Over the past two decades, science educators increasingly have become interested in the role of language in the learning of science and have drawn on the work of Bakhtin, among others, for understanding the dialogical nature of knowledge in a sociocultural framework. However, the nature of language and its relation to thinking have not substantially changed and, in many ways, are incommensurable with the cultural–historical, materialist dialectical underpinning of the original framing of the sociocultural and dialogical approaches in the theories of L. S. Vygotsky and M. M. Bakhtin and his circle (e.g., V. N. Vološinov). Most importantly, currently available analyses of science classroom talk do not appear to exhibit sufficient appreciation of the fact that words, statements, and language are living phenomena, that is, they inherently change in speaking. In this paper, I begin by working out the premise that language is a living phenomenon that changes in use. I then present two key insights on language-in-use that derive from the works of Vygotsky and the Bakhtin circle, which are used to develop a theoretical and methodological frame. These key insights and the theoretical aspects of this paper are exemplified with materials from a concept mapping session in a 12th-grade physics course. The proposed model has considerable implications for theorizing the relation between classroom talk and formal written genres of expression, and gives rise to many new research questions.
The 2012 Research in Drama Education (RiDE) themed edition on Environmentalism (Heddon and Mackey 2012) and the response by Forgasz (2013) draws attention to some of the issues and dilemmas that arise when considering how to work with Applied Theatre practices to explore human/environment relationships, climate change and sustainability issues. This response shares initial findings from a pilot programme that has involved undergraduate students participating in a study abroad programme with a particular focus on sustainability education. Some of the dilemmas faced include balancing the provision of ‘scientific’ and environmental learnings within site-specific experiences and those that aim to provide a sense of connection to place and environment. Other issues for consideration include the purpose of using fictional frames when the real-life frame is already quite powerful. This is particularly so when working with students who are not drama or arts students.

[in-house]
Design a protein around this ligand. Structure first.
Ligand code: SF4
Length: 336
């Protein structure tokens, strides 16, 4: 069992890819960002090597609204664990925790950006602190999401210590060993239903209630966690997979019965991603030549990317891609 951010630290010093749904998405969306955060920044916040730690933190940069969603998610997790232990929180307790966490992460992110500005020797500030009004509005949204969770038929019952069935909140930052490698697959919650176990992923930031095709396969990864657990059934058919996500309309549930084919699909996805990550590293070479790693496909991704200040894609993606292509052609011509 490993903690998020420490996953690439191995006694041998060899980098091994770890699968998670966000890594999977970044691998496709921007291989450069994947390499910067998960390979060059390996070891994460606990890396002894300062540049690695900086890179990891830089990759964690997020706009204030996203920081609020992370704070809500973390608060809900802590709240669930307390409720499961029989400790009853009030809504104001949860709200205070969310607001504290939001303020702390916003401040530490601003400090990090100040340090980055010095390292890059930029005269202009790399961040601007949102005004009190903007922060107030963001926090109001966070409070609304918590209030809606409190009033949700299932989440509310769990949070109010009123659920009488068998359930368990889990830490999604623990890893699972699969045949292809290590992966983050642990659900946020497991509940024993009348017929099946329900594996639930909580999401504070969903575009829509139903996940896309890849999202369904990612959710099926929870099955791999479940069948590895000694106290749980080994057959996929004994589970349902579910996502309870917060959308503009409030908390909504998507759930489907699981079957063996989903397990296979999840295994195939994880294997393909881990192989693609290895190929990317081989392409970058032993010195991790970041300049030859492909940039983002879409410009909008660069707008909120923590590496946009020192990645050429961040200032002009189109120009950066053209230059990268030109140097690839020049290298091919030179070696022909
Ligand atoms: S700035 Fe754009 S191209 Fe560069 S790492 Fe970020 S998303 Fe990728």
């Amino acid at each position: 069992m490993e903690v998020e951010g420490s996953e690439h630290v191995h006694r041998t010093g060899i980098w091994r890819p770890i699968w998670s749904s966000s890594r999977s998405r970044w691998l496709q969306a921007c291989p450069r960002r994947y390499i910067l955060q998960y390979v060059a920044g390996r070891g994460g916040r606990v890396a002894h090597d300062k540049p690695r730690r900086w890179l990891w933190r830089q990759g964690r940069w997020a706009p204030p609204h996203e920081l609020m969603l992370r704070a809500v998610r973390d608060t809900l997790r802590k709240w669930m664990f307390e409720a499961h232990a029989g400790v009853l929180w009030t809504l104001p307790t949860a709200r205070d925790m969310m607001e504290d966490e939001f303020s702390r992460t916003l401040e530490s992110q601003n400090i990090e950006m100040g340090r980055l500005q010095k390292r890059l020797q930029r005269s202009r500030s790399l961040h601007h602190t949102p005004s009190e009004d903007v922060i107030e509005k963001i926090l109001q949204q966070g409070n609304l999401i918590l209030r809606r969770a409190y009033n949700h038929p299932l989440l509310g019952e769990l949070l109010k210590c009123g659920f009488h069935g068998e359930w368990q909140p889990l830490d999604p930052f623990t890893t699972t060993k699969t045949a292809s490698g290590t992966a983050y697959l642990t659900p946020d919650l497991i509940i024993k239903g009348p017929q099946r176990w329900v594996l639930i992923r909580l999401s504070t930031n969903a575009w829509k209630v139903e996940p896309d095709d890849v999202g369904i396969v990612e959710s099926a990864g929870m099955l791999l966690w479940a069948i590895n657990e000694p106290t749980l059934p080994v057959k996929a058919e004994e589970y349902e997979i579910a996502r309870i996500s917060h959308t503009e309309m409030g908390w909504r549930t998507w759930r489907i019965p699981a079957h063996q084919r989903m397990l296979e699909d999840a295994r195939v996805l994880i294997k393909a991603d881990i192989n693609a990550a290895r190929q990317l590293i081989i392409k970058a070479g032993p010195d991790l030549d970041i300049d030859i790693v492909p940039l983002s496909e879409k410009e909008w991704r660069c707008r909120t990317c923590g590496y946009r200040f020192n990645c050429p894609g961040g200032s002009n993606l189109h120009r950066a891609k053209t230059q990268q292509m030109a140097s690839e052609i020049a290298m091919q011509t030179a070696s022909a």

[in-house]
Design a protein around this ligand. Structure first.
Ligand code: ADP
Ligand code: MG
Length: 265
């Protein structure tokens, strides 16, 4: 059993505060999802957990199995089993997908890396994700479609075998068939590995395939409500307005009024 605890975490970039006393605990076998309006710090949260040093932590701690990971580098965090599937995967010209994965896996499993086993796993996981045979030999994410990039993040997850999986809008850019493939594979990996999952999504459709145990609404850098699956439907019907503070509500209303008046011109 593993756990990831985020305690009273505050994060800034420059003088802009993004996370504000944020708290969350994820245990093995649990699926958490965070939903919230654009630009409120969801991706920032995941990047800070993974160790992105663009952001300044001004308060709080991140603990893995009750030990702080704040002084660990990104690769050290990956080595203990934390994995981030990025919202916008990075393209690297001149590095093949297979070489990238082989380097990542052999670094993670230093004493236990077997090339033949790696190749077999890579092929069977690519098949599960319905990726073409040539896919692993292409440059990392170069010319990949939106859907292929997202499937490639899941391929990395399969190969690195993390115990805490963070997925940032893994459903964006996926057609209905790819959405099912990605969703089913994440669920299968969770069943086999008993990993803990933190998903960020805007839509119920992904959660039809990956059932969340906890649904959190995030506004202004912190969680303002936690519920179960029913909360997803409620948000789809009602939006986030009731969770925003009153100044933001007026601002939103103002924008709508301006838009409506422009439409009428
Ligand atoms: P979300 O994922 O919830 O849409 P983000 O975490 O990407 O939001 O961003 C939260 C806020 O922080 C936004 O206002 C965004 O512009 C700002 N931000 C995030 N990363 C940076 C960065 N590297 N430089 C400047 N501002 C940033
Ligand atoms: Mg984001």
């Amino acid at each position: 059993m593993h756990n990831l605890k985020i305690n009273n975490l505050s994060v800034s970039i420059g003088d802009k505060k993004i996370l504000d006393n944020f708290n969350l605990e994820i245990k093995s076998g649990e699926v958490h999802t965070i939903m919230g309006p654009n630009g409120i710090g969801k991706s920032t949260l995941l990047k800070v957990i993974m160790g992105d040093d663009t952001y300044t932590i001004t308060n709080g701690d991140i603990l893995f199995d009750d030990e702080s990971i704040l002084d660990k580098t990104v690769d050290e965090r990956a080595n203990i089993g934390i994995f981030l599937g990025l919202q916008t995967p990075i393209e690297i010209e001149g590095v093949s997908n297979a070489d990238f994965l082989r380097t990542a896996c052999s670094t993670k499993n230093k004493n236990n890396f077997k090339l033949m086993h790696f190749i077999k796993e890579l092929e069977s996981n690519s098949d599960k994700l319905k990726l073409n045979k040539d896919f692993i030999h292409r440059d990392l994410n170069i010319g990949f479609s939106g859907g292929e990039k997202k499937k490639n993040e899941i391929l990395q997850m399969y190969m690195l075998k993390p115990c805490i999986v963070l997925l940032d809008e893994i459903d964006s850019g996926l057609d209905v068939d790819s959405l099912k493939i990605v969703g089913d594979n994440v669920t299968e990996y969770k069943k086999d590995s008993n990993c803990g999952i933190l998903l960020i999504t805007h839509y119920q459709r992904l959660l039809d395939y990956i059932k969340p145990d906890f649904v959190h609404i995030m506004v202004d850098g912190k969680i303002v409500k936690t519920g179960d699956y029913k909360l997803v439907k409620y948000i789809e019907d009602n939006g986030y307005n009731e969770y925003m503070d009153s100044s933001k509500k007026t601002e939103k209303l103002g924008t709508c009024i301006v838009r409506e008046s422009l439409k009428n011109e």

Tailored messages are instrumental to climate change communication. Information about the global threat can be ‘localised’ by demonstrating its linkage with local events. This research ascertains the relationship between climate change attitude and perception of local weather, based on a survey involving 800 Hong Kong citizens. Results indicate that concerns about climate change increase with expectations about the likelihood and impacts of local weather change. Climate change believers attend to all three types of adverse weather events, namely, temperature rises, tropical cyclones and prolonged rains. Climate scepticism, however, is not associated with expectation about prolonged rains. Differential spatial orientations are a possible reason. Global climate change is an unprecedented and distant threat, whereas local rain is a more familiar and localised weather event. Global climate change should be articulated in terms that respect local concerns. Localised framing may be particularly effective for engaging individuals holding positive views about climate change science.
Georg Ruhrmann, Lars Guenther, Sabrina Heike Kessler, Jutta Milde
For laypeople, media coverage of science on television is a gateway to scientific issues. Defining scientific evidence is central to the field of science, but there are still questions if news coverage of science represents scientific research findings as certain or uncertain. The framing approach is a suitable framework to classify different media representations; it is applied here to investigate the frames of scientific evidence in film clips (n = 207) taken from science television programs. Molecular medicine is the domain of interest for this analysis, due to its high proportion of uncertain and conflicting research findings and risks. The results indicate that television clips vary in their coverage of scientific evidence of molecular medicine. Four frames were found: Scientific Uncertainty and Controversy, Scientifically Certain Data, Everyday Medical Risks, and Conflicting Scientific Evidence. They differ in their way of framing scientific evidence and risks of molecular medicine.